British tourism bodies up in arms as government continues to limit global travel, putting millions of livelihoods at risk
Passenger numbers at Britain’s London Heathrow airport remain low – down 90 percent in May in comparison to pre-pandemic 2019 levels. Image: Bloomberg
UK travel industry employees staged protests on Wednesday around the country against Covid flight restrictions – including to the UAE and the wider Middle East region.
Dubbed ‘The Travel Day of Action’, thousands of people protested online and offline, along with more than 20 industry associations, at the devastating impact the current traffic light system has had on the country’s travel sector.
Ministers are due to update the traffic light system for global travel on Thursday amid pleas for more countries to join the quarantine-free green list. The UAE remains on the UK’s red-list, along with the rest of the Gulf countries, much to the consternation of regional business and travel leaders.
Wratten said: “This means our members are operating at a fraction of pre-pandemic levels – 80 per cent of their remaining workforce is on furlough and we urgently need to see critical business travel routes open for business.”
A spokesperson for the ABTA, the country’s largest trade body for travel agents, told Arabian Business that the industry is putting pressure on the UK government to support the safe return to international travel in time for the peak summer period and bring forward a package of tailored financial support.
“Failed” Travel Task Force campaign
Jason Oshiokpekhai, managing director of Global Travel Collection (GTC) UK – the UK division of one of the world’s largest communities of travel agencies and agents – said: “We demand interaction with government to repair the damage of its failed Travel Task Force campaign.”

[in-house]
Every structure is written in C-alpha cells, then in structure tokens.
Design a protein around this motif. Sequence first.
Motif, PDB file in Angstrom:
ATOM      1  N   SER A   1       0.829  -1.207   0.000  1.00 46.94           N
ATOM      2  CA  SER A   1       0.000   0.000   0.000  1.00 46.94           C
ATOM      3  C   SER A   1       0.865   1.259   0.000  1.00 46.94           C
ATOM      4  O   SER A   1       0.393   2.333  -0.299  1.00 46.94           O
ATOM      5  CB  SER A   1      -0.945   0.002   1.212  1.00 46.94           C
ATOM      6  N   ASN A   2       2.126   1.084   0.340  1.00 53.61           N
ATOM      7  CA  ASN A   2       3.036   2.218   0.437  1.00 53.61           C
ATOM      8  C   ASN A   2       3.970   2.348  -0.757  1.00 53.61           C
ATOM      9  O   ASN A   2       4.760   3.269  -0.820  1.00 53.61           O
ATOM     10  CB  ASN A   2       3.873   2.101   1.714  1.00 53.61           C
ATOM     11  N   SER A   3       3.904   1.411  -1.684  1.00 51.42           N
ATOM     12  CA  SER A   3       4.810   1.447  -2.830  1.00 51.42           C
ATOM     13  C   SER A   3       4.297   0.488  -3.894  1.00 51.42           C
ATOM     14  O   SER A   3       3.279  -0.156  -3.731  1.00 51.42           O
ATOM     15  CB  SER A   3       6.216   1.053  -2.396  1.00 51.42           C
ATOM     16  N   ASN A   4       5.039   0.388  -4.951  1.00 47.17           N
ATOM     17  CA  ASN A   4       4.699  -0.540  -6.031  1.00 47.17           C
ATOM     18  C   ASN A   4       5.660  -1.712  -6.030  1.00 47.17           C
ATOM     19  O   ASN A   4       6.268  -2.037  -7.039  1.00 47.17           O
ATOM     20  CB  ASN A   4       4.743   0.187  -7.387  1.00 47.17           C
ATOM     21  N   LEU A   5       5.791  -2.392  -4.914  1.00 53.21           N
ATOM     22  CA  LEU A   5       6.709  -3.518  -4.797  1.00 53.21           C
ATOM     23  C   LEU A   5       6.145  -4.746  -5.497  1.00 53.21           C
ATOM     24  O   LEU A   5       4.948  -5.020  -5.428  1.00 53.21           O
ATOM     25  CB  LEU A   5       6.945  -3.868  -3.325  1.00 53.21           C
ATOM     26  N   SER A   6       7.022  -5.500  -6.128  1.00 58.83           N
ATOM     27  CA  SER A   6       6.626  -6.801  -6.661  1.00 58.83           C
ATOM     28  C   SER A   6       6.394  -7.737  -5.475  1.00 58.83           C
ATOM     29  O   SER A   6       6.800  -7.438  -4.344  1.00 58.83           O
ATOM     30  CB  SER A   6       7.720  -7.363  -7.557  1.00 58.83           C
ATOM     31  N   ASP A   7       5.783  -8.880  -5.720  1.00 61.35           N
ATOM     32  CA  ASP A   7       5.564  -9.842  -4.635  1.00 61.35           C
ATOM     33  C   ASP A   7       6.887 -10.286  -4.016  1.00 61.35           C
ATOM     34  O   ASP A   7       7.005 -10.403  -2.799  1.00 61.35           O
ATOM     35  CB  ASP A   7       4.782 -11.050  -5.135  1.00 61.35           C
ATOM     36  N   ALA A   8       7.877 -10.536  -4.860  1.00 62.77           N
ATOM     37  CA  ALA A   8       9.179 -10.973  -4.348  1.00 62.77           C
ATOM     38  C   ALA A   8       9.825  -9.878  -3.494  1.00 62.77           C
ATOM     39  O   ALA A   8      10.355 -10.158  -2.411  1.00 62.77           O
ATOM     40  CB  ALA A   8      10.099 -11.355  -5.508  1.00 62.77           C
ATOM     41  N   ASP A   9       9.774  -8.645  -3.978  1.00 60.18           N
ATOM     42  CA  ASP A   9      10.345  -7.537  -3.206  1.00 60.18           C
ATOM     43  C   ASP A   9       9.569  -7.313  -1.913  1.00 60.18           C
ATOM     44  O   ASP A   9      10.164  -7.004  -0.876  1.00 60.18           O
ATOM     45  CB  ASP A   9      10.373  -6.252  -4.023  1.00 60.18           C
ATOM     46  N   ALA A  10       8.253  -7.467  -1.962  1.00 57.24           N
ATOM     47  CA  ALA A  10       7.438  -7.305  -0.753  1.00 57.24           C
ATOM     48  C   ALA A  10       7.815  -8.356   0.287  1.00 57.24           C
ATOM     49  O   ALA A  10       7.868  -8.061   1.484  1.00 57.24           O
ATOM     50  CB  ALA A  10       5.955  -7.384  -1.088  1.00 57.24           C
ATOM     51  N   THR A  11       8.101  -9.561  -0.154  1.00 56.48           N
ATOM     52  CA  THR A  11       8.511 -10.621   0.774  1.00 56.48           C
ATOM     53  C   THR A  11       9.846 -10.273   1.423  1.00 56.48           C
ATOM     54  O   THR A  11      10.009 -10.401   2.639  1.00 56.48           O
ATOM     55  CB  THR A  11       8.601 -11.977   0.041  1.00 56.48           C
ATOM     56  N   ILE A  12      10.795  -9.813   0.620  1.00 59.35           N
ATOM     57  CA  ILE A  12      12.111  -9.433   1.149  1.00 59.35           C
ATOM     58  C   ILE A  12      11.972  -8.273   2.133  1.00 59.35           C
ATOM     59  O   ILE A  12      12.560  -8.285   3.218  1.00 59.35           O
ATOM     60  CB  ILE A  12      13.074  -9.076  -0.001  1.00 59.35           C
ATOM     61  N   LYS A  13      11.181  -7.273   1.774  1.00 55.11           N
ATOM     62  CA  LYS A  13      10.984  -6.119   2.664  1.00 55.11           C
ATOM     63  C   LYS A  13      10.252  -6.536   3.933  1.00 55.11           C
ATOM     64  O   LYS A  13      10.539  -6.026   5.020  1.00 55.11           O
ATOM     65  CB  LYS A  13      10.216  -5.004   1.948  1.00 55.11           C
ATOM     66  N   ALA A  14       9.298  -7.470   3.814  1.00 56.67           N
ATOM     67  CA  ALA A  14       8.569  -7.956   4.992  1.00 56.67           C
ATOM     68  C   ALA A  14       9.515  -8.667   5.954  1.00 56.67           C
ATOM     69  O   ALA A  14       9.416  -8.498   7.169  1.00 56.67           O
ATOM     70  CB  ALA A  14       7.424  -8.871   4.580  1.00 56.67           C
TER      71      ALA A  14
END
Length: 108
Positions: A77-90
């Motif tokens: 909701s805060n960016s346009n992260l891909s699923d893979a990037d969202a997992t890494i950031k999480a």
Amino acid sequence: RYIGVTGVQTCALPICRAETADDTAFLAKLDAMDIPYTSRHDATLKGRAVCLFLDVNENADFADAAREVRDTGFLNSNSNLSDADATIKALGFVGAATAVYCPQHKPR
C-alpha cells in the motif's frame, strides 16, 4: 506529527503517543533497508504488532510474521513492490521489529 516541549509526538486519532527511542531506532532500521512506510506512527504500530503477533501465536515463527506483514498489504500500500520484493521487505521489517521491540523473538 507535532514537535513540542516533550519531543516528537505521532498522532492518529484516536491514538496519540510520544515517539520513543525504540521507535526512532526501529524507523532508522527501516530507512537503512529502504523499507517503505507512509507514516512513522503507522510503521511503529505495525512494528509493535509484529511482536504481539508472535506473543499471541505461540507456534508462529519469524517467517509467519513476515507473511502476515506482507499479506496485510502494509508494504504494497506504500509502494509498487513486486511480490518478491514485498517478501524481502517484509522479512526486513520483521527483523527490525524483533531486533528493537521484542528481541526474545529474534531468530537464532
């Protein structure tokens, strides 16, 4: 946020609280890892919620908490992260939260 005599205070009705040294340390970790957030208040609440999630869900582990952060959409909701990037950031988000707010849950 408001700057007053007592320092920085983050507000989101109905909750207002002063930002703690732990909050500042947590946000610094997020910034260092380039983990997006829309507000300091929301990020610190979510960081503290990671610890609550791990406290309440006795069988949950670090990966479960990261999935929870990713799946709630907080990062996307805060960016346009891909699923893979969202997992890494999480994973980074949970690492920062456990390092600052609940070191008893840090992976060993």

Oshiokpekhai said that with over 75 percent of Britain’s population having been vaccinated and over 50 percent double vaccinated, it is “inconceivable that we find ourselves no further on than we were this time last year, in the peak of the pandemic”.
Jason Oshiokpekhai, managing director of Global Travel Collection (GTC) UK
“The current Travel Task Force model appears illogical – we were assured a system based on science, yet we are placed in a situation where the scientific data and the traffic light placements do not align. We continue to be denied insight into this logic and our survival as an industry hangs in line,” he said.
Heathrow traffic nosedives
Passenger numbers at Britain’s London Heathrow airport remain low – down 90 percent in May in comparison to pre-pandemic 2019 levels. The airport faces an annual business rates bill of over £100m despite ongoing restrictions that continue to suppress passenger demand.
“The government cannot keep travel and trade shut down when the evidence is overwhelmingly clear – vaccinations are incredibly effective, even against variants,” Heathrow’s CEO John Holland-Kaye said in a statement.
John Holland-Kaye, CEO of Heathrow Airport
“Ministers said they had a risk-based plan to restart travel, and hundreds of thousands of jobs and livelihoods across the UK are counting on them to deliver that. The government should follow the science and allow those who are fully vaccinated to travel from Green and Amber countries without the need to quarantine or take expensive PCR tests,” Holland-Kaye added.
Colleagues at Manchester Airports Group (MAG) – the UK’s largest airport group – mimicked a pre-pandemic day of flying on social media, as part of a nationwide protest at the government’s handling of international travel.
Staff at all three MAG airports – Manchester, London Stansted and East Midlands – posted pictures of themselves on Twitter, marking all 651 departures that would have taken off on June 23 2019, compared to just 124 flights today.
An estimated 15,900 passengers will pass through MAG”s terminals this year, compared with 216,151 passengers in 2019.
Charlie Cornish, CEO of Manchester Airport Group (MAG)
Charlie Cornish, MAG Group CEO, said: “Aviation has been the sector hardest hit by the pandemic, yet government does not seem to appreciate its economic value or trust its own system for the restart of international travel.”
Arabian Business has been staunch in its calling for the removal of the UAE from the UK’s red list. We recently penned an – as-yet-unanswered – open letter to UK Transport Secretary Grant Shapps urging the government to reconsider its red list ruling amid the UAE’s world-beating vaccination rates and Covid safety procedures.
In a direct message to Mr Shapps, GTC’s Oshiokpekhai urged: “As one of the last industries standing, 16 months on, without trade or industry-specific support – we need immediate intervention to establish a sustainable, transparent and comprehensive global travel recovery plan. Not a string of false promises, mismatched information and changes at the eleventh hour.”
Have your say on Twitter @ #traveldayofaction
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